It’s a simple enough request. Like so many times recorded in the gospels, Jesus was praying and when He came back to His followers, they knew where He had been. So they asked Him: “Lord, teach us to pray, just as John also taught his disciples” (Luke 11:1). What follows is Jesus’ answer to their request, a prayer that has been often analyzed, repeated, emulated, and dissected.
That’s not the purpose of this post.
Instead, think about the question itself. It’s debatable what led to their question; maybe it was some kind of spiritual jealousy: “John’s disciples have a special way to pray – we want one, too!”
Maybe it was an effort to get Jesus to tell them some kind of perceived secret He was holding onto: “What is it you do out there, all by yourself? We want to know what’s going on! Let us into the loop!”
Or perhaps it was just good curiosity springing from a genuine desire to pray. We don’t really know. But the fact that we don’t know the true intentions of the disciples actually only serves to make the request, and what happens after, all the more encouraging for me because I certainly know what it’s like to have mixed motives in prayer. Maybe you do too.
– We pray to get God to do things for us.
– We pray more about our own comfort than for the good of others.
– We struggle to pray with confidence because in our hearts, we don’t really think God will answer.
– We have no idea what to pray for. In fact, our hearts are so deceitful we often find ourselves praying in a contrary fashion to the will of God.
Given our weakness (and I’m lumping you in here with me now) in prayer, here are two ways that this request can encourage us in prayer, and then a simple point of action that flows from it:
1. Prayer is a learned skill.
These disciples asked Jesus to teach them something. That means that prayer is learnable, perhaps even as learnable as trigonometry or changing a tire. If it’s learnable, it means that it’s not necessarily natural. So our inability to pray isn’t something we have to just live with. It’s something that can change.
2. Jesus wants to teach us the skill.
This is the fifth time recorded so far in the book of Luke that Jesus has been praying. In fact, the book records Jesus praying at most of the big events of His life. So the disciples asked Him to teach them. Now often when someone asks Jesus a direct question, He will answer them with a parable or a seemingly unrelated teaching. He’ll force them to think about the heart of their question, taking them to a deeper level emotionally, intellectually, and spiritually. But here?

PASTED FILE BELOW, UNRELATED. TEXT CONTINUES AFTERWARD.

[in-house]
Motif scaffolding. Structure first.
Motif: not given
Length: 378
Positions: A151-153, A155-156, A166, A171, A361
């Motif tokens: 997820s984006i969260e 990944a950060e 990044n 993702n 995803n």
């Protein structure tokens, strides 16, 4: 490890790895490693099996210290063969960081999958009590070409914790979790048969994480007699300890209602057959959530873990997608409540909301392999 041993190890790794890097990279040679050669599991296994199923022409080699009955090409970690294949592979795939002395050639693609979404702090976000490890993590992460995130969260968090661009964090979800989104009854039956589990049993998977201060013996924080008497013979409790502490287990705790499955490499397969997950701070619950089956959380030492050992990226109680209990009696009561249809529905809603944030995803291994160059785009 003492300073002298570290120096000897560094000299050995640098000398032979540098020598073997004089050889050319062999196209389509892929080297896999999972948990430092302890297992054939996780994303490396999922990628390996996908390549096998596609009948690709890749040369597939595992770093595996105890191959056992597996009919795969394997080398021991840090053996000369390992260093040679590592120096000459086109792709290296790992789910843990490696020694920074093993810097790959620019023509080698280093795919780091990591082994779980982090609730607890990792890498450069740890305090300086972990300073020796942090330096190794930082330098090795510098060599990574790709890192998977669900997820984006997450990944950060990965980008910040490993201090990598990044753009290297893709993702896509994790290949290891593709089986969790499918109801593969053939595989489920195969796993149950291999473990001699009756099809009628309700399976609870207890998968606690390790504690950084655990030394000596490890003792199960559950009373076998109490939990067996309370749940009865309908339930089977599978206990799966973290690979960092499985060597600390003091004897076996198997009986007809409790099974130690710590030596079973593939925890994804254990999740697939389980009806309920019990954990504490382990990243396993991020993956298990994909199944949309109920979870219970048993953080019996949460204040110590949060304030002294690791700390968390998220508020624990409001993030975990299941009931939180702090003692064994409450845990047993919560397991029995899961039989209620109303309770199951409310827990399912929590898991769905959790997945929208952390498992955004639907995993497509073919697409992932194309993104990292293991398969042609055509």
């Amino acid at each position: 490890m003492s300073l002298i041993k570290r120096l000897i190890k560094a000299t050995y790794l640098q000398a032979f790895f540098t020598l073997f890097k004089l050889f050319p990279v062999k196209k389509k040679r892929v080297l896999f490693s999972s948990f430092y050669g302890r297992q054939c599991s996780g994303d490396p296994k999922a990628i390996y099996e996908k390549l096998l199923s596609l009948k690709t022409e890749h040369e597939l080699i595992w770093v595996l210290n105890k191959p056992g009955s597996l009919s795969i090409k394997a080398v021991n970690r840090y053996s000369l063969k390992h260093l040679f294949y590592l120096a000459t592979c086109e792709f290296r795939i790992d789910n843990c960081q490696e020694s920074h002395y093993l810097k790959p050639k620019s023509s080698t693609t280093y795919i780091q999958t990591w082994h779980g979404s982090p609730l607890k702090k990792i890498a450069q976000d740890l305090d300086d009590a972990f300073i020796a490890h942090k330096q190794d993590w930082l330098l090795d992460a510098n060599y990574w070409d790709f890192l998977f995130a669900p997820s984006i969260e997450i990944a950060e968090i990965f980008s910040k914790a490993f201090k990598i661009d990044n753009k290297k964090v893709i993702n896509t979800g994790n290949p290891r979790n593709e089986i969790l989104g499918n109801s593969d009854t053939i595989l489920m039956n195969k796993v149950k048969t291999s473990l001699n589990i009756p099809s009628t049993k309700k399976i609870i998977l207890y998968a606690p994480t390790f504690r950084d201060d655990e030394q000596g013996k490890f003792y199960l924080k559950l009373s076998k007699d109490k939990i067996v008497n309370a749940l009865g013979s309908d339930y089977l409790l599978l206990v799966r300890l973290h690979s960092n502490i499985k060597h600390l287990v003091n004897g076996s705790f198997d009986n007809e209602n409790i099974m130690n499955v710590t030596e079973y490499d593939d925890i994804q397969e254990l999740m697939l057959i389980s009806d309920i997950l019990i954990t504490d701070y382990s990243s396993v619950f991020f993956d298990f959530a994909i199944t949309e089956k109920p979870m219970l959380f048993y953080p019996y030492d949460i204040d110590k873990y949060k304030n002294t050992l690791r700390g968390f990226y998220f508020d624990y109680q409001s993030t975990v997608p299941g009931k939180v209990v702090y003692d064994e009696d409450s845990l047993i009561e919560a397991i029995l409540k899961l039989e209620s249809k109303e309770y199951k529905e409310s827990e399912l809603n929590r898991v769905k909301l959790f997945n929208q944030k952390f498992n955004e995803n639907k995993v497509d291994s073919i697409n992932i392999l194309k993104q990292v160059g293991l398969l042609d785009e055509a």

Here Jesus answers them. Straight out. Jesus wants to teach us to pray.
So here, I think, is one simple action point, given the above things are true:
We should practice.
I have fallen into a sort of grudging acceptance for the poorness of my prayer life. I guess some people have it, and some don’t, I tell myself, as if praying is like shooting a beautiful jump shot from beyond the three point arc. But if prayer can be learned, then there’s nothing wrong with actually practicing. That’s how you get “better” at anything – you practice.
And evidently, the disciples practiced. It’s funny that this same group of followers, here so inept at the practice of prayer, are praying all the time in Luke’s companion volume, the book of Acts. Here they’re not asking to be taught any more; here they have learned. And here, the Holy Spirit is at work in incredibly powerful ways as they prayed.
They must have learned after all.
So today, I’m telling God about my prayerlessness. I’m asking Him to help me practice. Like a 4-year-old who wants his father to help him throw a ball the right way, I’m going to put myself to the work with the ready assistance of my dad. And, like that Father, I believe God is not going to berate me for my inabilities, but to encourage me to keep going.
Because you don’t throw a 90-mph fastball overnight.